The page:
The most desirable frequency bands for commercial satellite communication are in the spectrum 1000-10,000 MHz. These bands are:
3700-4200 MHz (satellite-to-earth or downlink) 5925-6425 MHz (earth-to-satellite or uplink) 7250-7750 MHz (downlink)12 7900-8400 MHz (uplink)12
These bands are preferred by design engineers for the following primary reasons:
• Less atmospheric absorption than higher frequencies
• Rainfall loss not a concern
• Less noise, both galactic and man-made
• Well-developed technology
• Less free-space loss compared with the higher frequencies
There are two factors contraindicating application of these bands and pushing for the use of higher frequencies:
1. The bands are shared with terrestrial services.
2. There is orbital crowding (discussed earlier).
Higher-frequency bands for commercial satellite service are:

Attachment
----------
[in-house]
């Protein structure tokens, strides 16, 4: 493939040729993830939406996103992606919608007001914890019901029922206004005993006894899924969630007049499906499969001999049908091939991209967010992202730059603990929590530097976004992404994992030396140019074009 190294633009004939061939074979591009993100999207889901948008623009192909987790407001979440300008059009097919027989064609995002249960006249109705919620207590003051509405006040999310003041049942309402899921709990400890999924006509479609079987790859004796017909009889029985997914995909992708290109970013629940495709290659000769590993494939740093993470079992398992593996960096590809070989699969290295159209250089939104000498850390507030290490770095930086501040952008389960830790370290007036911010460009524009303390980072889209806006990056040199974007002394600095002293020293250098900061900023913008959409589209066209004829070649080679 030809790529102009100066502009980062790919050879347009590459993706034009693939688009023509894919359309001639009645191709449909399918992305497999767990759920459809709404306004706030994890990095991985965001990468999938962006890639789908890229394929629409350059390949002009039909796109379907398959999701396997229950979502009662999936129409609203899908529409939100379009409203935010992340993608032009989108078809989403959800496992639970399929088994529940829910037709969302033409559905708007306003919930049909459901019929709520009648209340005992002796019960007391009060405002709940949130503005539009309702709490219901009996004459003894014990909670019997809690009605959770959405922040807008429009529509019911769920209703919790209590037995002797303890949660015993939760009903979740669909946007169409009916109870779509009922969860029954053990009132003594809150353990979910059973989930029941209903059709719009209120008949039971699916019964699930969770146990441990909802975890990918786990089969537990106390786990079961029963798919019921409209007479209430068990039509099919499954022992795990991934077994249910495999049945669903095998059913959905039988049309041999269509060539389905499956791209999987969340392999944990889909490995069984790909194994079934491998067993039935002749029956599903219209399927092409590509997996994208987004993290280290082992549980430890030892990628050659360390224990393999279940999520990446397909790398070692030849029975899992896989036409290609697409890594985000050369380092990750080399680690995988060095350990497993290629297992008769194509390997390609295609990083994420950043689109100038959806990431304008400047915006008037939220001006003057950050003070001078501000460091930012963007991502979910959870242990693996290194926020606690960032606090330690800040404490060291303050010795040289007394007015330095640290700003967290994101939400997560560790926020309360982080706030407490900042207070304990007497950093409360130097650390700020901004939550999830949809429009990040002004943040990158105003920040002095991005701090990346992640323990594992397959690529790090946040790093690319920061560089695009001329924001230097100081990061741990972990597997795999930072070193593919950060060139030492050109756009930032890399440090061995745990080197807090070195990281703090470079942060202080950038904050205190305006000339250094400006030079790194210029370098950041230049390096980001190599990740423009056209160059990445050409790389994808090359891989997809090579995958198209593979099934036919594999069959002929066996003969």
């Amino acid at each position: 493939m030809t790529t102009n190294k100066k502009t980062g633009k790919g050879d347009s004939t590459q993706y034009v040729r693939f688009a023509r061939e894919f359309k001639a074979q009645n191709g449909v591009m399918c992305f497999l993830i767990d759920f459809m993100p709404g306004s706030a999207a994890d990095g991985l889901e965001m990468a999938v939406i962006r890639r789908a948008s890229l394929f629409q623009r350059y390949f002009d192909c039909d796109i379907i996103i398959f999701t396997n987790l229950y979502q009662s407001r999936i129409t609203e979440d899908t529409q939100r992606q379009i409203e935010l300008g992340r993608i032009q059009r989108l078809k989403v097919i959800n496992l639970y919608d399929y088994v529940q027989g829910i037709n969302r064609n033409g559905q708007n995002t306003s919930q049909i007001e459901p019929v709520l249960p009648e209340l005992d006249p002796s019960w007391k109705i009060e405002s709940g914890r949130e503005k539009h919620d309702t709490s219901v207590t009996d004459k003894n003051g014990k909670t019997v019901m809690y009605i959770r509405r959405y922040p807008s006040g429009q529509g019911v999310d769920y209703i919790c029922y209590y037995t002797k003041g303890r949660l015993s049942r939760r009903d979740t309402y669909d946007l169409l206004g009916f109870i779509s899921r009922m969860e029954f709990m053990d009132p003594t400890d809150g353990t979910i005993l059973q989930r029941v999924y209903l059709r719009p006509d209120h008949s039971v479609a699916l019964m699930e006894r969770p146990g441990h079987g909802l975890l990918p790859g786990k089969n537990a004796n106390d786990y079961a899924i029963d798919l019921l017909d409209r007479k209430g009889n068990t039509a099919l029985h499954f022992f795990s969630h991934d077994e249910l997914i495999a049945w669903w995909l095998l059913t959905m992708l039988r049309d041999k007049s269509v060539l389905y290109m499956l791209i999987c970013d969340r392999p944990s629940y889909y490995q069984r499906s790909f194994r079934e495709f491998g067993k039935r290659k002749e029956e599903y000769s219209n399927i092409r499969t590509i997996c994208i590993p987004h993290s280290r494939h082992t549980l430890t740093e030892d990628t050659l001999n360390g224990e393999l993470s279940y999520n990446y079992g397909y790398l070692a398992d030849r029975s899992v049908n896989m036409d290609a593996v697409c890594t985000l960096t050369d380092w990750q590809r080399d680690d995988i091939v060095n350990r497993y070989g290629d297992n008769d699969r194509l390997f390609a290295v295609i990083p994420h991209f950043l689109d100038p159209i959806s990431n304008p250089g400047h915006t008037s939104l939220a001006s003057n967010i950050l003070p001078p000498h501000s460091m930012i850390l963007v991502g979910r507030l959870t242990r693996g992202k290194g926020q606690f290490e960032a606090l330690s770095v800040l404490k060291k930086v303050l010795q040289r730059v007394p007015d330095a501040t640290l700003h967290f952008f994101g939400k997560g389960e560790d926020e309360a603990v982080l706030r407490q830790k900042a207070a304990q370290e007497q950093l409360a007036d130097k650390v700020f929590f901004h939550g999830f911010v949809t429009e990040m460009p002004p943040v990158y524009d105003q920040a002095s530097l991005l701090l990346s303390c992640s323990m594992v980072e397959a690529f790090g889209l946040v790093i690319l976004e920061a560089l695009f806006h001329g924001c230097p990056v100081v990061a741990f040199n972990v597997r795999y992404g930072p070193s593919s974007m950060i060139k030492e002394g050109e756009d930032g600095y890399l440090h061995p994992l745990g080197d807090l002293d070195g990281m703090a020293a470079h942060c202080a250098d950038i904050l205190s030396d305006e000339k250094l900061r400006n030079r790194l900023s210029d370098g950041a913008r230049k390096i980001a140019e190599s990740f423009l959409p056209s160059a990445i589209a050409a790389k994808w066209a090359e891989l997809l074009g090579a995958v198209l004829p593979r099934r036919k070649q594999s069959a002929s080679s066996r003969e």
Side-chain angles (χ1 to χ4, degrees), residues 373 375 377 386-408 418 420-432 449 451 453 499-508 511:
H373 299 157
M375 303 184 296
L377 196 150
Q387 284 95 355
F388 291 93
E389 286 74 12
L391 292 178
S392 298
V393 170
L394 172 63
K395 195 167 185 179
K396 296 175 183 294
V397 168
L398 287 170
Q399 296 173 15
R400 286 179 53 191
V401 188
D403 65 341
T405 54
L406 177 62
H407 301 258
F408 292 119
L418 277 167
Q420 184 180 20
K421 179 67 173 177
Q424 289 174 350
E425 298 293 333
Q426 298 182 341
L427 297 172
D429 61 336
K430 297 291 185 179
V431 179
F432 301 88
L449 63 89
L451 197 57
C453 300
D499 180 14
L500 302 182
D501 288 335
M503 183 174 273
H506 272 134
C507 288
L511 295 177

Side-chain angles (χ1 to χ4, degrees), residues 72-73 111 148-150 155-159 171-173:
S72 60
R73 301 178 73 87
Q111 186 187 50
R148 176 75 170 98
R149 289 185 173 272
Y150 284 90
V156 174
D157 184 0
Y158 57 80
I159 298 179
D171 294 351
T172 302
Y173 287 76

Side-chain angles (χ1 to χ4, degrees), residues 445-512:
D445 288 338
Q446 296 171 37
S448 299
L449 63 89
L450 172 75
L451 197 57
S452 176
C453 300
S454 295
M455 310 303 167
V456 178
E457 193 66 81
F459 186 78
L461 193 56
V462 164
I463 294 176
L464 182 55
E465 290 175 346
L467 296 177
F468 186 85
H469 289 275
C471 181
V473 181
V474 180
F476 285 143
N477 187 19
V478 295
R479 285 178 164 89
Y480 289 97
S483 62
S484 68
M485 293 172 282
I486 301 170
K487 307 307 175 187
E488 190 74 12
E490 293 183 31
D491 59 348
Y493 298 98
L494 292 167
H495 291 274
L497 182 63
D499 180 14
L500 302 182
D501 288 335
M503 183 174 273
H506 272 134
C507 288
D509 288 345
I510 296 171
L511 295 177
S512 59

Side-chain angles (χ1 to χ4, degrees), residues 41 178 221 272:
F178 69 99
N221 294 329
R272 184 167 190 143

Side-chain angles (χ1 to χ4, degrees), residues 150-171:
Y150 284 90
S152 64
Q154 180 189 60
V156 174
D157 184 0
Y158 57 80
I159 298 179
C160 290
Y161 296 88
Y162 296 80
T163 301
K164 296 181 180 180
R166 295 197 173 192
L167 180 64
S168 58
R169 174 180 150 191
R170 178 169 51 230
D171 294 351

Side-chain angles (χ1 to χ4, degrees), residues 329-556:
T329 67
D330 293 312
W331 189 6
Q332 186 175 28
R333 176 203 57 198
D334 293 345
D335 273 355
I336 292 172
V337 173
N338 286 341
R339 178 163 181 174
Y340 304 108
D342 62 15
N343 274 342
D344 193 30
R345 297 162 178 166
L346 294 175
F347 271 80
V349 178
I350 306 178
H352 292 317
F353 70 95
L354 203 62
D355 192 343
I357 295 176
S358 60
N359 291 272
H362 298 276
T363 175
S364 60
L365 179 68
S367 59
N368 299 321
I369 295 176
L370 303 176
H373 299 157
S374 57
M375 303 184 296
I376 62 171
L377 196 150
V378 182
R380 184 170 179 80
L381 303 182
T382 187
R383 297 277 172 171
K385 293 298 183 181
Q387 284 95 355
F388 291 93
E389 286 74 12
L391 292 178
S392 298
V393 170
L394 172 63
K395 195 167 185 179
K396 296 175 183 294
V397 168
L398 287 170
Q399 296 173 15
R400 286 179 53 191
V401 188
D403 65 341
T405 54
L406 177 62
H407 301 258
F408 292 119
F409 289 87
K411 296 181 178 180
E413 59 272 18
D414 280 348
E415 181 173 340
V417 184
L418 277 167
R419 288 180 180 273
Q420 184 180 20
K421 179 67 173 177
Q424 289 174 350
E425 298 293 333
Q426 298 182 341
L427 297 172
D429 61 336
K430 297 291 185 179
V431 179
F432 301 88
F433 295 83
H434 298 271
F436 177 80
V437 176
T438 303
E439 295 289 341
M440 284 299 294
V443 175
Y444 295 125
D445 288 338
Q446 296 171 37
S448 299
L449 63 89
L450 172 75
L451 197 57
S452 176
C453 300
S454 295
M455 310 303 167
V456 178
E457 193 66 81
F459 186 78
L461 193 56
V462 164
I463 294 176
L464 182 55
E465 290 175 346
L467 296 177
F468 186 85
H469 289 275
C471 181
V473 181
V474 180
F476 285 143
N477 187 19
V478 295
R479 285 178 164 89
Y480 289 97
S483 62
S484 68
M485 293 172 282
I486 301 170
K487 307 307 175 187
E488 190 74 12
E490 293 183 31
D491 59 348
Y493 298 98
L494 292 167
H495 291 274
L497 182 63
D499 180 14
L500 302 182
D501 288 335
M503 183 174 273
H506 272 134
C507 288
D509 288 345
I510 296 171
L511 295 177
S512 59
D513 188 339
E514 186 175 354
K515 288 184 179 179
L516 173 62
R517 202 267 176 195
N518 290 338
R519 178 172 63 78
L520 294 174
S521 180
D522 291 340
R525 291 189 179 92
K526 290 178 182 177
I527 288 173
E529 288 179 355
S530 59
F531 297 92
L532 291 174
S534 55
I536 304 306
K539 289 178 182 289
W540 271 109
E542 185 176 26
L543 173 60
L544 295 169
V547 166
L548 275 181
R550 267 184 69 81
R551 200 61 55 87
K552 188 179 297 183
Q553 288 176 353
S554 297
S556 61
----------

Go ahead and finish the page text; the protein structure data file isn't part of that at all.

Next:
10.95-11.2 GHz (downlink) 11.45 -12.2 GHz (downlink) 14.0 - 14.5 GHz (uplink) 17.7 - 20.2 GHz (downlink) 27.5-30.0 GHz (uplink)
12These two bands are intended mainly for military application.
Above 10 GHz rainfall attenuation and scattering and other moisture and gaseous absorption must be taken into account. The satellite link must meet a BER of 1 x 10-6 at least 99.9% of the time. One solution is a space-diversity scheme where we can be fairly well assured that one of the two antenna installations will not be seriously affected by the heavy rainfall cell affecting the other installation. Antenna separations of 4-10 km are being employed. Another advantage with the higher frequencies is that requirements for downlink interference are less; thus satellites may radiate more power. This is often carried out on the satellite using spot-beam antennas rather than general-coverage antennas.
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